Suggestions change people. They really do. Whether they are mental or audible suggestions, they cause behavioral and physical modifications to take place.
Take, for example, a friend who loosens up immediately and becomes the life of the party when wine is set in front of him. The transformation takes place before the alcohol is ever tasted. The expectation or suggestion of relaxation that the alcohol offers causes the change.
Then thereâ€™s pain. It can disappear when sugar pills are ingested by someone who has been told they are genuine medicine. Health can even be restored after someone undergoes a simulated treatment or surgery. This phenomenon is called the placebo effect.
When a good suggestion comes to thought, we begin to anticipate the positive outcome. Our anticipation and expectation of good things actually aid in bringing the helpful outcome to fruition. However, the opposite is also true. The effects of negative suggestions can be harmful.
Most likely, whether we know it or not, weâ€™ve all been affected in some way by the power of a suggestion. And it is this power to cause harm that is stirring up questions about honesty and ethics in health care.
Winfried HĂ¤user and his colleagues at the Technical University of Munich in Germany, during a study of the nocebo effect â€“ a type of negative placebo effect in which harmful side effects are anticipated by a patient and come to pass because of that expectation â€“ observed that a â€śnegative suggestion can induce symptoms of illness.â€ť
They found that â€śnocebo responses can, for instance, be brought about by unintended negative suggestions on the part of doctors or nurses, e.g., when informing the patient about the possible complications of a proposed treatment.... Patients may develop symptoms and side effects purely because theyâ€™ve been told about them.â€ť
In a National Institutes of Health article, Ted Kaptchuk, an associate professor of medicine at Harvard Medical School, is reported to have praised Dr. HĂ¤userâ€™s findings but wondered if giving less information to patients raised ethical questions. â€śIf we donâ€™t tell patients about adverse effects, we are unethical and not transparent and not [providing an opportunity for] full informed consent,â€ť he said. â€śBut if we tell people, it actually may produce harm.â€ť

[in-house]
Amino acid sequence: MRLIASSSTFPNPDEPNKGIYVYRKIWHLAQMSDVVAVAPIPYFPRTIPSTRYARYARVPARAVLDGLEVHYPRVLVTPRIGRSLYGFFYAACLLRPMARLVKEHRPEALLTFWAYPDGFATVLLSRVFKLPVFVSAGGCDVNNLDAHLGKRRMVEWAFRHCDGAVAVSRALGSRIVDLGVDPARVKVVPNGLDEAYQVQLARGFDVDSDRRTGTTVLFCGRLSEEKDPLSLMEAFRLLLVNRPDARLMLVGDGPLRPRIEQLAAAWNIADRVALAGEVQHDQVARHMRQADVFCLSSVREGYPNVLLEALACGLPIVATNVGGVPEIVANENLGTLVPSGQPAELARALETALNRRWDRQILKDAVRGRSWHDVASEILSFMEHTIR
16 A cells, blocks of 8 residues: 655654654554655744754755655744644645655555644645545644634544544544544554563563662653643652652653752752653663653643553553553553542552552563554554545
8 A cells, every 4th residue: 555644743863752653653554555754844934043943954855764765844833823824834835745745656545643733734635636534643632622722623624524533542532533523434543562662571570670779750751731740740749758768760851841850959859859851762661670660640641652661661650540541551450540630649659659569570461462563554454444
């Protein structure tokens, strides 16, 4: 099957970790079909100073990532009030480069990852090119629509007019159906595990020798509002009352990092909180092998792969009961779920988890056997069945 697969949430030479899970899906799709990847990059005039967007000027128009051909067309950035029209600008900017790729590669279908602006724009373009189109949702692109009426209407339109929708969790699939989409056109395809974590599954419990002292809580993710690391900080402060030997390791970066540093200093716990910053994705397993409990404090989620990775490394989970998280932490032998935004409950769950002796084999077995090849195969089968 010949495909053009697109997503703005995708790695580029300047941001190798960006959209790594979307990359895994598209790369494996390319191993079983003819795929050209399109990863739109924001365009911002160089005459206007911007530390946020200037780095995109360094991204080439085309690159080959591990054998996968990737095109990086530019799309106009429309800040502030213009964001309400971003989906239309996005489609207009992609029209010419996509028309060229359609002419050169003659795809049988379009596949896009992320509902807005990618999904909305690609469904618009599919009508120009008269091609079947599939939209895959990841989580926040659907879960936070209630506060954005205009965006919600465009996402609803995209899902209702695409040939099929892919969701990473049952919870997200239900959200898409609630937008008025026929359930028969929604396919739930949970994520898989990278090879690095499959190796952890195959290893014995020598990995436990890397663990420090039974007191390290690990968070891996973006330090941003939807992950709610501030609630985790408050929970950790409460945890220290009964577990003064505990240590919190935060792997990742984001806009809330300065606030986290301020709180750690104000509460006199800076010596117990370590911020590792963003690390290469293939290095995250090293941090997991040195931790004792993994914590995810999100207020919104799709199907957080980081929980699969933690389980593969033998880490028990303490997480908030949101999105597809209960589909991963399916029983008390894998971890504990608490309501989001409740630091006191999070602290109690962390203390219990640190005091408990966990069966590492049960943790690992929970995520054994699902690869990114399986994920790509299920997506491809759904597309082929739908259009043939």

What a quandary.
Yet an early researcher who studied the influences that suggestion had on behavior and health believed sheâ€™d found a possible answer to this very dilemma.
In the late 1800s, after experimenting with different modalities, Mary Baker Eddy, the founder of the Monitor, discovered a spiritual method of health care based on the teachings and healings of Christ Jesus. Eventually, she surmised that any system that focused intensely on the body and physical causes would be reinforcing disease by its unavoidable suggestions and advertisements of symptoms and suffering.
Mrs. Eddy felt it was more ethical and honest to share spiritual facts with her patients rather than to talk to them about their ailments. This was important because she also felt that spirituality, particularly their identity as Godâ€™s son or daughter, was the key ingredient to their health and the actual foundation of their existence.
Interestingly enough, she found that her spiritual care didnâ€™t ignore health conditions but changed them, not through suggestion, which was liable to be altered by another suggestion, but by understanding what is true about God and about themselves as being created by God.
Through having a greater awareness of Godâ€™s goodness and the spiritual nature of health, an individual would be less likely to be influenced by the suggestion of disease and suffering.
Today, studies are showing that spirituality heals and contributes years to life expectancies. This verse from the Bible hints at the possibilities: â€śHe sent his word, and healed them, and delivered them from their destructionsâ€ť (Psalms 107:20). The Word of God can have a great impact on health.